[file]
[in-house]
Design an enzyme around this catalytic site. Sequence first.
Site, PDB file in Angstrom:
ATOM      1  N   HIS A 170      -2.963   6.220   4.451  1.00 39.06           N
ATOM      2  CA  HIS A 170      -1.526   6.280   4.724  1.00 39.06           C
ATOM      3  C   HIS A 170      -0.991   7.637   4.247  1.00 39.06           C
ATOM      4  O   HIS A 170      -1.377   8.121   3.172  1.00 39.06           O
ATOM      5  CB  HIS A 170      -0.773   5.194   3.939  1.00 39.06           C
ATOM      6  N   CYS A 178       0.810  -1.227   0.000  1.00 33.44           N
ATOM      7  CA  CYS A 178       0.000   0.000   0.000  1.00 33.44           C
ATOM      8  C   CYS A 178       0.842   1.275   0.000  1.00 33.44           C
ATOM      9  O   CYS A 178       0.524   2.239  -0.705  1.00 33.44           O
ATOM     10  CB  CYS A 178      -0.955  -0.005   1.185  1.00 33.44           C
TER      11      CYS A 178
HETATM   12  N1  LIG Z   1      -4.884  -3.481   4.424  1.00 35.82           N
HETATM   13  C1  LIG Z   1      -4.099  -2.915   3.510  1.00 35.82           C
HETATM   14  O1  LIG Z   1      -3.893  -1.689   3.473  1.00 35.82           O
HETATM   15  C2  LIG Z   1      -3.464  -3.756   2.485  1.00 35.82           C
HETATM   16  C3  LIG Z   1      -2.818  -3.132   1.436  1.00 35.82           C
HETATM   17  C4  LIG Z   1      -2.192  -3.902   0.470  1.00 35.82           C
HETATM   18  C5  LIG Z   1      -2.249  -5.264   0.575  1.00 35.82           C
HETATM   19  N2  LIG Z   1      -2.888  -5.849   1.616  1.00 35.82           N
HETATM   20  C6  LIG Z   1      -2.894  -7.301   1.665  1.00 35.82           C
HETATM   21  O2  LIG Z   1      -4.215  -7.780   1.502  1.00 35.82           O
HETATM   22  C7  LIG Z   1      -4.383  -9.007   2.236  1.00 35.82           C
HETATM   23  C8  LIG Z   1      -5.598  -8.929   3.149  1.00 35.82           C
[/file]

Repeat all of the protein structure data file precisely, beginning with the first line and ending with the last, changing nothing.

[in-house]
Design an enzyme around this catalytic site. Sequence first.
Site, PDB file in Angstrom:
ATOM      1  N   HIS A 170      -2.963   6.220   4.451  1.00 39.06           N
ATOM      2  CA  HIS A 170      -1.526   6.280   4.724  1.00 39.06           C
ATOM      3  C   HIS A 170      -0.991   7.637   4.247  1.00 39.06           C
ATOM      4  O   HIS A 170      -1.377   8.121   3.172  1.00 39.06           O
ATOM      5  CB  HIS A 170      -0.773   5.194   3.939  1.00 39.06           C
ATOM      6  N   CYS A 178       0.810  -1.227   0.000  1.00 33.44           N
ATOM      7  CA  CYS A 178       0.000   0.000   0.000  1.00 33.44           C
ATOM      8  C   CYS A 178       0.842   1.275   0.000  1.00 33.44           C
ATOM      9  O   CYS A 178       0.524   2.239  -0.705  1.00 33.44           O
ATOM     10  CB  CYS A 178      -0.955  -0.005   1.185  1.00 33.44           C
TER      11      CYS A 178
HETATM   12  N1  LIG Z   1      -4.884  -3.481   4.424  1.00 35.82           N
HETATM   13  C1  LIG Z   1      -4.099  -2.915   3.510  1.00 35.82           C
HETATM   14  O1  LIG Z   1      -3.893  -1.689   3.473  1.00 35.82           O
HETATM   15  C2  LIG Z   1      -3.464  -3.756   2.485  1.00 35.82           C
HETATM   16  C3  LIG Z   1      -2.818  -3.132   1.436  1.00 35.82           C
HETATM   17  C4  LIG Z   1      -2.192  -3.902   0.470  1.00 35.82           C
HETATM   18  C5  LIG Z   1      -2.249  -5.264   0.575  1.00 35.82           C
HETATM   19  N2  LIG Z   1      -2.888  -5.849   1.616  1.00 35.82           N
HETATM   20  C6  LIG Z   1      -2.894  -7.301   1.665  1.00 35.82           C
HETATM   21  O2  LIG Z   1      -4.215  -7.780   1.502  1.00 35.82           O
HETATM   22  C7  LIG Z   1      -4.383  -9.007   2.236  1.00 35.82           C
HETATM   23  C8  LIG Z   1      -5.598  -8.929   3.149  1.00 35.82           C